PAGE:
Wheat Flour Fortification

Fortification is the practice of deliberately increasing the content of an essential micronutrient, i.e. vitamins and minerals (including trace elements) in a food, so as to improve the nutritional quality of the food supply and provide a public health.

Rice Fortification

Fortification is the practice of deliberately increasing the content of an essential micronutrient, i.e. vitamins and minerals (including trace elements) in a food, so as to improve the nutritional quality of the food supply and provide a public health benefit with minimal risk to health.

Refind oil Fortification

Multiple micronutrient deficiencies are rampant in India, and continue to be significant public health problems, which adversely impact the health and productivity of all the population groups.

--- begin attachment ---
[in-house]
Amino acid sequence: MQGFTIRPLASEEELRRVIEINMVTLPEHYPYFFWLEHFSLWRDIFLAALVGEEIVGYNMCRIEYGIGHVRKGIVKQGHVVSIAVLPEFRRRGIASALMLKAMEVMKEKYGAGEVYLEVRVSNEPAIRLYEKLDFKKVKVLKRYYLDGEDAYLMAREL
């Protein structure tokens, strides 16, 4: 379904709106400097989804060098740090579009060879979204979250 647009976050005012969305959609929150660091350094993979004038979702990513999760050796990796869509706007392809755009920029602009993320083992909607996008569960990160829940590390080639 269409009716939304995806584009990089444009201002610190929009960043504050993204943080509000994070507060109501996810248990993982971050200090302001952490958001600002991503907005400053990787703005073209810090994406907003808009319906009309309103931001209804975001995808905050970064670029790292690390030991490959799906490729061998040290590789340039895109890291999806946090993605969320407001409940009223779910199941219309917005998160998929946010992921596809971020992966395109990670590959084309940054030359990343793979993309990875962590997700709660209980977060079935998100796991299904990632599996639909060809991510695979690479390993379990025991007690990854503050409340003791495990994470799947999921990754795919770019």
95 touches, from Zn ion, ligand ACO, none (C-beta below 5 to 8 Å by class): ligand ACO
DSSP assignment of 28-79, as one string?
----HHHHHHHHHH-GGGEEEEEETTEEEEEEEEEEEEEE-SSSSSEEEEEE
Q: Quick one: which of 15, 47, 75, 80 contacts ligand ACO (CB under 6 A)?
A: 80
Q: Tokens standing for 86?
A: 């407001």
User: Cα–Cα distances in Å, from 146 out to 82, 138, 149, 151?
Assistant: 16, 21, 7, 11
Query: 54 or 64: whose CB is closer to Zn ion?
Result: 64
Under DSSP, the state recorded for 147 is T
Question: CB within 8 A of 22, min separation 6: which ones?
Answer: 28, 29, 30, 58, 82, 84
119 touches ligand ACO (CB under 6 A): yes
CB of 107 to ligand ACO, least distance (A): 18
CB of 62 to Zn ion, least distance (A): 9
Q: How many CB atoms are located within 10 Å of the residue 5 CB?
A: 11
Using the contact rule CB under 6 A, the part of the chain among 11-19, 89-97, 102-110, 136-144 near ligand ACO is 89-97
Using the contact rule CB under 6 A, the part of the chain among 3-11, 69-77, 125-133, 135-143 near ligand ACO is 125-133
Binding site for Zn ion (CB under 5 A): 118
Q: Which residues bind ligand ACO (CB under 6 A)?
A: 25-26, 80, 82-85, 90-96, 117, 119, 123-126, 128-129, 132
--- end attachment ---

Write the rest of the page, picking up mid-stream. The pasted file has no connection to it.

Salt Fortification

Every year nine million pregnant women and eight million newborns are at risk of iodine deficiency disorders (IDD) in India. IDDs are linked to iodine deficient soil. Due to glaciations, flooding, rivers changing course and deforestation the iodine present in the top soil is constantly leached. This, in turn, leads to deficiency of iodine in crops grown on iodine deficient soil with consequently low iodine in the diet for livestock and humans. This deficiency of iodine in the diet can be addressed by fortification of salt i.e. adding iodine to salt. Salt has been identified as an effective vehicle for iodine because it is consumed almost daily and universally.

Milk Fortification

Milk is a rich source of high quality protein, calcium and of fat-soluble vitamins A and D. Vitamins A and D are lost when milk fat is removed during processing. Many countries have a mandatory provision to add back the vitamins removed as it is easily doable.